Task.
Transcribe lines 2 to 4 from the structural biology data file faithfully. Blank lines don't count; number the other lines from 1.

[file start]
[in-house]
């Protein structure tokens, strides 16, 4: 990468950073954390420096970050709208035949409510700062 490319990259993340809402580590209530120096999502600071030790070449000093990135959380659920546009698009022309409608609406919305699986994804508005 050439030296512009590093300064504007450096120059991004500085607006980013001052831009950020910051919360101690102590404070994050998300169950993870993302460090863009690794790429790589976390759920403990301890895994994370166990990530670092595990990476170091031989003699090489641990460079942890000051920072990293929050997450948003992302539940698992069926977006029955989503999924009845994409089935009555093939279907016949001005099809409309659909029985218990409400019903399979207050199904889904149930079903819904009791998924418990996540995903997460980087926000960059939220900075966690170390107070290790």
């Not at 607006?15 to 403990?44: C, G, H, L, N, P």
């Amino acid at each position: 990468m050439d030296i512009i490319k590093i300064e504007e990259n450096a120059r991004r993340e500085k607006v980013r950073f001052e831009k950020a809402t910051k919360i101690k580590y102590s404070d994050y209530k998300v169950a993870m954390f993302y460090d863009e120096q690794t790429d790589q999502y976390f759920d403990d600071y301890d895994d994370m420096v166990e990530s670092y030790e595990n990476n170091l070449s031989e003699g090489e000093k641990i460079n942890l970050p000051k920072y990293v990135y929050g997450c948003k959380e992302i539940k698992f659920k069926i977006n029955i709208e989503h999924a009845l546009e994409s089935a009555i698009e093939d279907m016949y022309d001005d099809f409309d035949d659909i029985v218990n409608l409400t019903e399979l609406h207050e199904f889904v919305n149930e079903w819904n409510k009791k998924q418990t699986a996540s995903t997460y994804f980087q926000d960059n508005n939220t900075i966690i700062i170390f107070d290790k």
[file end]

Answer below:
């Protein structure tokens, strides 16, 4: 990468950073954390420096970050709208035949409510700062 490319990259993340809402580590209530120096999502600071030790070449000093990135959380659920546009698009022309409608609406919305699986994804508005 050439030296512009590093300064504007450096120059991004500085607006980013001052831009950020910051919360101690102590404070994050998300169950993870993302460090863009690794790429790589976390759920403990301890895994994370166990990530670092595990990476170091031989003699090489641990460079942890000051920072990293929050997450948003992302539940698992069926977006029955989503999924009845994409089935009555093939279907016949001005099809409309659909029985218990409400019903399979207050199904889904149930079903819904009791998924418990996540995903997460980087926000960059939220900075966690170390107070290790």
């Not at 607006?15 to 403990?44: C, G, H, L, N, P």
């Amino acid at each position: 990468m050439d030296i512009i490319k590093i300064e504007e990259n450096a120059r991004r993340e500085k607006v980013r950073f001052e831009k950020a809402t910051k919360i101690k580590y102590s404070d994050y209530k998300v169950a993870m954390f993302y460090d863009e120096q690794t790429d790589q999502y976390f759920d403990d600071y301890d895994d994370m420096v166990e990530s670092y030790e595990n990476n170091l070449s031989e003699g090489e000093k641990i460079n942890l970050p000051k920072y990293v990135y929050g997450c948003k959380e992302i539940k698992f659920k069926i977006n029955i709208e989503h999924a009845l546009e994409s089935a009555i698009e093939d279907m016949y022309d001005d099809f409309d035949d659909i029985v218990n409608l409400t019903e399979l609406h207050e199904f889904v919305n149930e079903w819904n409510k009791k998924q418990t699986a996540s995903t997460y994804f980087q926000d960059n508005n939220t900075i966690i700062i170390f107070d290790k």